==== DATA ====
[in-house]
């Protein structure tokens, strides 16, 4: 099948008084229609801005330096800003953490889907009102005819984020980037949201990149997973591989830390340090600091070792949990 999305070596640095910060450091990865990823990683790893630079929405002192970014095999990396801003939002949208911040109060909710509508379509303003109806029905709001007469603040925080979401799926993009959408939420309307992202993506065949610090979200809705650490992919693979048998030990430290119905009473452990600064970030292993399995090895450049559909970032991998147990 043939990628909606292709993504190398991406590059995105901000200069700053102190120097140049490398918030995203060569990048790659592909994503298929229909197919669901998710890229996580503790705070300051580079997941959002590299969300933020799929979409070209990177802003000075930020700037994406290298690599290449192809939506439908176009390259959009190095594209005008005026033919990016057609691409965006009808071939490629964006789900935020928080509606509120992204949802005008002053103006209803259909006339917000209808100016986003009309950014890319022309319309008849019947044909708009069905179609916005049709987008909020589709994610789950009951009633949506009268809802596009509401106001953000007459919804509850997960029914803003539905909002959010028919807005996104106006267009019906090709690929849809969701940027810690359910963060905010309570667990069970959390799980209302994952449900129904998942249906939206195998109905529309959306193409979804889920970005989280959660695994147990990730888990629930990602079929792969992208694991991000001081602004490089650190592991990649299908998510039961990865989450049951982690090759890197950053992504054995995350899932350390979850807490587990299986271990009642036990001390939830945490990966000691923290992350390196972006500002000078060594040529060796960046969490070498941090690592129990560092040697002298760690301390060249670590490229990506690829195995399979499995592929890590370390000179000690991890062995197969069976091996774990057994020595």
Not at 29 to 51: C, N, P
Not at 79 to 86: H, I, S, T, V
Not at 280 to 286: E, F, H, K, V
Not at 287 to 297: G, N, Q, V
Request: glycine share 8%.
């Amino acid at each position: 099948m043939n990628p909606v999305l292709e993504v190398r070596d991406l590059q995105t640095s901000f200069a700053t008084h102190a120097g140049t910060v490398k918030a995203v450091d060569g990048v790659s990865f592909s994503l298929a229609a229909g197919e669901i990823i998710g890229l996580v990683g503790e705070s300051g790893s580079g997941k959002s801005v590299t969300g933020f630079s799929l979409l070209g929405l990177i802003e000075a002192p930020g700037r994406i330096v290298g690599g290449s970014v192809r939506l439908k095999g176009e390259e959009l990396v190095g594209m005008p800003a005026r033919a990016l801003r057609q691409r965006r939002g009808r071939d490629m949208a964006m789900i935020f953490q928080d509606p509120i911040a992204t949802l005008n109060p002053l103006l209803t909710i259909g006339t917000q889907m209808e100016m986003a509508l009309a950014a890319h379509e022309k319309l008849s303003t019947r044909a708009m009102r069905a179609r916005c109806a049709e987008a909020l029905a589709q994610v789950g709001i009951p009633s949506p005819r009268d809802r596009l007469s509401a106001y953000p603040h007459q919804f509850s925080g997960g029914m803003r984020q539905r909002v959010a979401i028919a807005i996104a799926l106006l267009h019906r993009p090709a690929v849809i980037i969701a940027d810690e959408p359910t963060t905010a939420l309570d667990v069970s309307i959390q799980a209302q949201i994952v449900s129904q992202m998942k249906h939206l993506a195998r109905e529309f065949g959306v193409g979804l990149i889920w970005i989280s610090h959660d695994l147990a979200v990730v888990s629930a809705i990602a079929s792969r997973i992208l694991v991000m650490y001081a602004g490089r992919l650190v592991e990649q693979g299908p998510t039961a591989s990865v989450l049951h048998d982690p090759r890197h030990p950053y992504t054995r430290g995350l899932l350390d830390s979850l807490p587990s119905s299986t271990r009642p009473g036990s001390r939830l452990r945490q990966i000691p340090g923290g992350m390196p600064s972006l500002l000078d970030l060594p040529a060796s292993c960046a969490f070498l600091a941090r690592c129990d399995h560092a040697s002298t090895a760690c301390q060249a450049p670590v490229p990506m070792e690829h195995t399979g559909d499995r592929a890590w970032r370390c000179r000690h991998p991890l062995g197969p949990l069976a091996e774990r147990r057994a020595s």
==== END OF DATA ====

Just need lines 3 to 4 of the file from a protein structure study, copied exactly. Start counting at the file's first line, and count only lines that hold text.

Not at 29 to 51: C, N, P
Not at 79 to 86: H, I, S, T, V